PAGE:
How Mindful Leaders Can Heal Trauma

In this video, Jenée Johnson explains how healing trauma and mindfulness go hand in hand.

San Francisco is in the midst of probably the worst housing crisis in the country, and the San Francisco Department of Public Health is tasked with stewarding the health of the city and county’s population, and inside of that we have recognized that the way we function is often trauma-inducing not only to the communities that we serve. but to the workforce.

That we are often bureaucratic, siloed, that people are demoralized, that we are not trustworthy, and that it can be a very mean place to work. And because of that, we have gone on a mission to move from being trauma-inducing to a trauma-informed, and ultimately a healing organization, and organization that is trustworthy and has at its core compassion and empathy, and is thoughtful about the way we deliver services. 

We ask the key question—not, “What is wrong with you?” but, “What has happened?”

We ask the key question—not, “What is wrong with you?” but, “What has happened?” And when you ask what has happened it invites compassion, it invites looking at strengths in the face of adversity.

I was an embedded trauma trainer inside a maternal adolescent health ward, and as I was delivering the trauma training I noticed that the workforce, although interested in trauma principles, did not seem like it had the strength and the bandwidth to really hold the important work that was ahead of us. And it occurred to me that what we needed to do was become a mindful organization, in order to become a trauma-informed organization. That trauma-informed and healing needed to exist inside of a nest of mindfulness.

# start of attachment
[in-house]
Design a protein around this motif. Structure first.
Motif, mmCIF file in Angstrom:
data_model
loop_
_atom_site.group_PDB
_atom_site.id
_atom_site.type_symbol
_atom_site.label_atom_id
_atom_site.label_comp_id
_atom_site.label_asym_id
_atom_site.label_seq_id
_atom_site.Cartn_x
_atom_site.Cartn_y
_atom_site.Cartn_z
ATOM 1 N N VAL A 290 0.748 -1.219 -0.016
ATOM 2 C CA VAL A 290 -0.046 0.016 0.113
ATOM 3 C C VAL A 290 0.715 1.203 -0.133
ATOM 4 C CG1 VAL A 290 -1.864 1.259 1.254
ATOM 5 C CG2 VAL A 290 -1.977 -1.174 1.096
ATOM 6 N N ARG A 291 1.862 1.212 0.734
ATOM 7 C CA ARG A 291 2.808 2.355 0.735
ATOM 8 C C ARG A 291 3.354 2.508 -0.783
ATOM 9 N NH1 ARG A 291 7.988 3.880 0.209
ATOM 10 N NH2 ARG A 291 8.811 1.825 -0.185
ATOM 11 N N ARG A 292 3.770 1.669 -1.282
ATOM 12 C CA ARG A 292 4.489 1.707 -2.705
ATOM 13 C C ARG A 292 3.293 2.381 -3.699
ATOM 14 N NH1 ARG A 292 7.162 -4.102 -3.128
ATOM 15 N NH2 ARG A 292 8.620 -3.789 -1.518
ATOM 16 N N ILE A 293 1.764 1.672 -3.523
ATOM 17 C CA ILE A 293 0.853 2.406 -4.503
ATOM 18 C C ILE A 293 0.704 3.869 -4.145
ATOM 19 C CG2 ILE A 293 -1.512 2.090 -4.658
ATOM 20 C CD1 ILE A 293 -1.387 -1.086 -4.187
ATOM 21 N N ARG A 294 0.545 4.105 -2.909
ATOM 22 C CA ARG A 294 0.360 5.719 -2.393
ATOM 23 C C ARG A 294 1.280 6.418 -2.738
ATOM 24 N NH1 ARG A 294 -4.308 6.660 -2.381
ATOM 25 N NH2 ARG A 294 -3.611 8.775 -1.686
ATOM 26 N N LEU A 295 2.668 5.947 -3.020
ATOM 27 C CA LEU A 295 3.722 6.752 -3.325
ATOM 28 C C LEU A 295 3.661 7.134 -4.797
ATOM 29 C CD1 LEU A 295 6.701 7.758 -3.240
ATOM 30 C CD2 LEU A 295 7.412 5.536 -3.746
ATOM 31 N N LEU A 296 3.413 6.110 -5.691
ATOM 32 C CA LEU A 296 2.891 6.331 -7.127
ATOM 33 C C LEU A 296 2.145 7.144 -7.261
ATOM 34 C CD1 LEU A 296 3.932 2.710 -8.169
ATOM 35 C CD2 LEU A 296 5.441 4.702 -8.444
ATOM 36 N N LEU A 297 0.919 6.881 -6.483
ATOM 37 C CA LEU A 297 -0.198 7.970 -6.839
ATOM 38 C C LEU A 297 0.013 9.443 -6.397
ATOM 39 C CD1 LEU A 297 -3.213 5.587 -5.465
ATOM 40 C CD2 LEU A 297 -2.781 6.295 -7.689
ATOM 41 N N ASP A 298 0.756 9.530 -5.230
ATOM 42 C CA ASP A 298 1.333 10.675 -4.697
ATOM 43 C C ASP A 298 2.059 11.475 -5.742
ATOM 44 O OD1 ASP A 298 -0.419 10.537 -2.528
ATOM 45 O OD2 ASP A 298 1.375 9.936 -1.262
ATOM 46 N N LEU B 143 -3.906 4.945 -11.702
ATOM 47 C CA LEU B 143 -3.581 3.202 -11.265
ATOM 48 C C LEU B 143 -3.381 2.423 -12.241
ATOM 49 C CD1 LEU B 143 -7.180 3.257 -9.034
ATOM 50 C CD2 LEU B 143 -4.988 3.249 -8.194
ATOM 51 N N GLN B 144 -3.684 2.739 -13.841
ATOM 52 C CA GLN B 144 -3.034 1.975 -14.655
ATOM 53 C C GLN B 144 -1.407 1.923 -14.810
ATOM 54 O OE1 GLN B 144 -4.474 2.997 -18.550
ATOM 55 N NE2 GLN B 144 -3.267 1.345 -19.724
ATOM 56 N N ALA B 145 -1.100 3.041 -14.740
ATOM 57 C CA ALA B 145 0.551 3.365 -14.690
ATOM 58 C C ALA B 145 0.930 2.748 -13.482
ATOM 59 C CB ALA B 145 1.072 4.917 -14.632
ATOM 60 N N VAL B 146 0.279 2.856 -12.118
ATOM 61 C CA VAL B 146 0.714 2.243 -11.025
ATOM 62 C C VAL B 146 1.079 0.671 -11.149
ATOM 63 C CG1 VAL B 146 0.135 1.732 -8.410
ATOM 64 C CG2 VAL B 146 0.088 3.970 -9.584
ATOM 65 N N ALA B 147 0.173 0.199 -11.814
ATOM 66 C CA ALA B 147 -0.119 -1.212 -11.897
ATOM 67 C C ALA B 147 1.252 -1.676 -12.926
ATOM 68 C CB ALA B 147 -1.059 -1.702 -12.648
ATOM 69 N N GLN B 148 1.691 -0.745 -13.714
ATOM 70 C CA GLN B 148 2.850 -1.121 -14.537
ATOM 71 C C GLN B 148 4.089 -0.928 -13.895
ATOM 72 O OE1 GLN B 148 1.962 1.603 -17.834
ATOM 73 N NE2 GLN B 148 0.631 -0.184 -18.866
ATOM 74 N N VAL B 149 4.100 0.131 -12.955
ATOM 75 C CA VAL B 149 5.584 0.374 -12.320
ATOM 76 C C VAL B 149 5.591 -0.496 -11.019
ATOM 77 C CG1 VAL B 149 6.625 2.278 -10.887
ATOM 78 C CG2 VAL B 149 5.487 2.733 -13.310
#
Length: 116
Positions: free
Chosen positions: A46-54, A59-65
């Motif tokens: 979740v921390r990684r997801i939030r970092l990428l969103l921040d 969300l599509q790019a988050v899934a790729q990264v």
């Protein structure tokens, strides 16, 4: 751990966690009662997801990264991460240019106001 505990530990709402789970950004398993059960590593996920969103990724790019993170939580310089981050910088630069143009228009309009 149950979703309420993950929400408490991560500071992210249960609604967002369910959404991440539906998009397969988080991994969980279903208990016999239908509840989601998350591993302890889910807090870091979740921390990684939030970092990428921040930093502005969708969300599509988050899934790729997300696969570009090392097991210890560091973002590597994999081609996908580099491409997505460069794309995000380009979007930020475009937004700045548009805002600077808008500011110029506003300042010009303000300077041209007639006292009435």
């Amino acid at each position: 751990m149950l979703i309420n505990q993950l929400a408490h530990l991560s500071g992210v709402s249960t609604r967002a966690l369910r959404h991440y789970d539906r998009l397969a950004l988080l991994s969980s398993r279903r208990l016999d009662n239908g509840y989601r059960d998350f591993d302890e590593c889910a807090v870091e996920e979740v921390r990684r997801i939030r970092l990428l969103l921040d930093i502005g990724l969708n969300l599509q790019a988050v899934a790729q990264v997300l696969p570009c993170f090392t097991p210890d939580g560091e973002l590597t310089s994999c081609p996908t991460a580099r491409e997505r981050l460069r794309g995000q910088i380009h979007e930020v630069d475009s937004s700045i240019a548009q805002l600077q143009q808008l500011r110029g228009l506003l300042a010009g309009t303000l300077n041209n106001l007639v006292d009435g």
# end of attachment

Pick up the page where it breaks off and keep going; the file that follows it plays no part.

I went to the trauma leader and I said I know of an organization that has curated mindfulness in the workforce, the Search Inside Yourself Leadership Institute. I went to Search Inside Yourself, and thus began the journey of me becoming a trained teacher to deliver the program, and then I landed the role of the program innovation leader in mindfulness, trauma, and racial equity.

Mindfulness, trauma, and racial equity are knit together, because part of what makes our organization trauma-inducing is we can be a very demoralizing place to work, and the people who have the worst health outcomes across every data point that we measure are people of colour. And it’s telling us a story of how we have yet to truly, honestly, grapple with racial equity, and part of the challenge of grappling with racial equity is we need people to be strong in their core, we need people to grapple with white fragility, which often derails the conversation.

To move the conversation forward, we all need to be able to be resilient, and mindfulness is the pathway.

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